1:45pm - 2:15pm

Research Posters

Talk, listen, and learn from the research being conducted by NJAFP physician and resident members. You are sure to leave this session with pearls you can take back to your practice.

 

2:15pm - 3:00pm

Choosing Wisely: Lessons Learned From the First Five Years

Daniel Wolfson, MSHA

Executive Vice President

American Board of Internal Medicine Foundation

We have learned many lessons from the Choosing Wisely campaign that can be applied to the implementation of waste reduction initiatives in clinical and community environments. These efforts are built largely on a framework of complexity theory and self-determination theory — such as simple rules, engagement and empowerment of clinicians and patients, and a bottom-up approach. Attendees will hear stories and lessons learned so they can advance activities to reduce overuse at their institutions.

 

Concurrent Sessions: 3:10pm - 4:00pm

Making the Connection: A Call to Action Against Undiagnosed Atrial Fibrillation Improving Detection -- Reducing Risk

TBD

Atrial fibrillation (AF) affects an estimated 2.7 to 6.1 million people in the United States, a number that is expected to potentially double by 2030 due to an aging population. AF is associated with increased morbidity and mortality and is a significant risk factor for stroke. Although anticoagulation for AF reduces the risk for stroke by about 70%, recent evidence indicates many individuals have undiagnosed AF, placing them at an even greater risk. It is essential that healthcare professionals become proficient at effective screening practices to ensure individuals with AF are diagnosed and treated appropriately. Through this presentation, we aim to discuss the importance of screening of individuals at high risk for AF and stroke, as well as safety, efficacy, and real-world data on non–vitamin K antagonist oral anticoagulation (NOAC) for thromboembolic risk reduction.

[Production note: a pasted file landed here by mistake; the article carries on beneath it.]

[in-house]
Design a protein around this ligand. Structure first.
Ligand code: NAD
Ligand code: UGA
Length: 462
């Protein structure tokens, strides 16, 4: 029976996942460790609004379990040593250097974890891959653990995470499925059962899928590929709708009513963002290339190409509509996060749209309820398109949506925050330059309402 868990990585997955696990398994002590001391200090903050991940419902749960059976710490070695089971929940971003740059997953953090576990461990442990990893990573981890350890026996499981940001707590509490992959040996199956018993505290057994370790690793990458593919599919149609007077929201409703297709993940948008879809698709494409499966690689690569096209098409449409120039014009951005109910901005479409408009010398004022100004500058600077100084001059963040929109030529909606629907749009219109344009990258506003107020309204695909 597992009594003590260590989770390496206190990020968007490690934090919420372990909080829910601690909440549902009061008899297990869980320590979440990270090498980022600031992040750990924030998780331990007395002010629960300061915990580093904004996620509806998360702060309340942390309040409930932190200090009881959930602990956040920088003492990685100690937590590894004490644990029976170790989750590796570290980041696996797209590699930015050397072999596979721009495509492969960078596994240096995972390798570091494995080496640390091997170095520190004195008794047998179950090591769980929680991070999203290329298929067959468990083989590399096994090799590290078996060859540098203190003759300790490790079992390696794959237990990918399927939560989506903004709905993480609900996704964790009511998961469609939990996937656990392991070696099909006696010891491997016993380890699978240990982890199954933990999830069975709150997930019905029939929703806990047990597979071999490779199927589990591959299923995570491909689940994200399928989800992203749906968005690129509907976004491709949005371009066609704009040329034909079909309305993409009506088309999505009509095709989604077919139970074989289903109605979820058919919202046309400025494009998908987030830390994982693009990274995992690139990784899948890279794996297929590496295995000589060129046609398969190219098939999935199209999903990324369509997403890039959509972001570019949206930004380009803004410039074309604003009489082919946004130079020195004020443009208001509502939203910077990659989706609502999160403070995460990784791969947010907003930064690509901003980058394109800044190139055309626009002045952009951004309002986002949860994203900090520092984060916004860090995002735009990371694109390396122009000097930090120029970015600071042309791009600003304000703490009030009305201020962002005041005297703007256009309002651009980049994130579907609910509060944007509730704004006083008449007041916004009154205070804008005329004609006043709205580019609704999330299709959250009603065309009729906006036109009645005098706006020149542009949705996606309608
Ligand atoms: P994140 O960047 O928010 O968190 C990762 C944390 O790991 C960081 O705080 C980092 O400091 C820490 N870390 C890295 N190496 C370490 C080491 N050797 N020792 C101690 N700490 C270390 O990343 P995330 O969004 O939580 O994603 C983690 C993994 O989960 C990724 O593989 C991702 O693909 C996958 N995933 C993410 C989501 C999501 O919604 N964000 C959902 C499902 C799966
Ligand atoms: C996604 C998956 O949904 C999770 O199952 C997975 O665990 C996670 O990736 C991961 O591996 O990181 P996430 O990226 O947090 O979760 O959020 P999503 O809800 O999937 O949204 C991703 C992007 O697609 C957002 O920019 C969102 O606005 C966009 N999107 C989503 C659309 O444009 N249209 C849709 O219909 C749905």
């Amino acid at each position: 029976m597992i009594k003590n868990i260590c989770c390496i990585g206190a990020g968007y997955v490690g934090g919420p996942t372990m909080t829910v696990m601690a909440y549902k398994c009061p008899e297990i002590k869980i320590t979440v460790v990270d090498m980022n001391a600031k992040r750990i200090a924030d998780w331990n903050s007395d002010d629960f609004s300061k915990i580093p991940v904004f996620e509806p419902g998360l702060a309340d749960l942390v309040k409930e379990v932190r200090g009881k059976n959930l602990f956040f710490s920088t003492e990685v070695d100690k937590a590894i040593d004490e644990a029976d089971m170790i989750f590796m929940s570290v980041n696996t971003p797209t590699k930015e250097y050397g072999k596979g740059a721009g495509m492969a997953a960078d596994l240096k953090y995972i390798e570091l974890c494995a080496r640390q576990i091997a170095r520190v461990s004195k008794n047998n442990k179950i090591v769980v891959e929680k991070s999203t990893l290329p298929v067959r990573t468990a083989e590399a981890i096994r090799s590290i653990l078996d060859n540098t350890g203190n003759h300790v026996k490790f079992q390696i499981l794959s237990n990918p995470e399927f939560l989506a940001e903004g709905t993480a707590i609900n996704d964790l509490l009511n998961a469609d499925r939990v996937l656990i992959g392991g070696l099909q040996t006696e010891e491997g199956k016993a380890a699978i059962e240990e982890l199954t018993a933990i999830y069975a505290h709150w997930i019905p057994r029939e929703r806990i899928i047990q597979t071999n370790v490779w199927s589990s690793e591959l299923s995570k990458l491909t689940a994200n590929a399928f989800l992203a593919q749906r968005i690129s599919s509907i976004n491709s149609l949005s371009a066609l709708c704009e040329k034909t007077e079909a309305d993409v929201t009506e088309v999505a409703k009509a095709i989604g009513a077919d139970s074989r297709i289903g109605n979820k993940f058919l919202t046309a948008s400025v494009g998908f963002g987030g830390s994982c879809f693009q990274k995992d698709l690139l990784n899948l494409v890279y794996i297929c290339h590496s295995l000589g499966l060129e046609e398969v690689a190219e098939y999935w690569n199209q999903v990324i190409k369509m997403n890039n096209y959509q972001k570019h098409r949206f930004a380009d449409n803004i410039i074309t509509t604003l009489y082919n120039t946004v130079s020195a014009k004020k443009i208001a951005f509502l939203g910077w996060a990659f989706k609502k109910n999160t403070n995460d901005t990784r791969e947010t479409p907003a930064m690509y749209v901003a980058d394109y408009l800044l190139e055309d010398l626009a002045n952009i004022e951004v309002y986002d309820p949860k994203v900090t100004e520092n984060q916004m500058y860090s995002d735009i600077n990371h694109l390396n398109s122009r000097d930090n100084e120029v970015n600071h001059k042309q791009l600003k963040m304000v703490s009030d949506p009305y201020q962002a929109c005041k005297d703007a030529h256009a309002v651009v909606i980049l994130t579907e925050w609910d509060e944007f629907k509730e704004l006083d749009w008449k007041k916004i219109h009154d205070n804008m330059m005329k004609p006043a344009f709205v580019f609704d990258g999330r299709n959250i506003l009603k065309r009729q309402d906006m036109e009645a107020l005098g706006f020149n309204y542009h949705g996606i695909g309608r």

New and Emerging Basal Insulins

Richard Sadovsky, MD

The introduction of insulin to treat diabetes nearly a century ago has saved countless lives of patients with diabetes. Improvements in insulin therapy and delivery methods continue to evolve and a new generation of long-acting basal insulins has emerged. In this session you will learn about the emerging data for modern insulin products in the treatment of type 2 diabetes (T2D) and their clinical application.

 

Concurrent Sessions: 4:10pm - 5:00pm

Across the Ages: Vaccines Roundtables

Facilitators:

Ryan Kauffman, MD   Everett Schlam, MD

Robert Kruse, MD       Geronima Alday, MD

Based on last year’s very successful session on vaccines and teens, we are expanding the conversation. Join in table top discussions centered on the challenges and the successes of administering vaccines to teens, adults and seniors.

 

Across the Ages: Obesity and its Effects on Women’s Health

Anna Silwowska, MD

Obesity in women, no matter what their age, diminishes almost every aspect of health, from memory to mood and from respiratory function to reproduction. The presence of obesity increases the risk of developing diabetes, heart disease, and some cancers. It does this through a variety of pathways. Some of these pathways are complex, involving metabolism and hormones. Others are more straight forward, such as the mechanical stress of carrying extra weight. This session will examine the effects of obesity on women’s health and provide insights into the best methods for managing this population.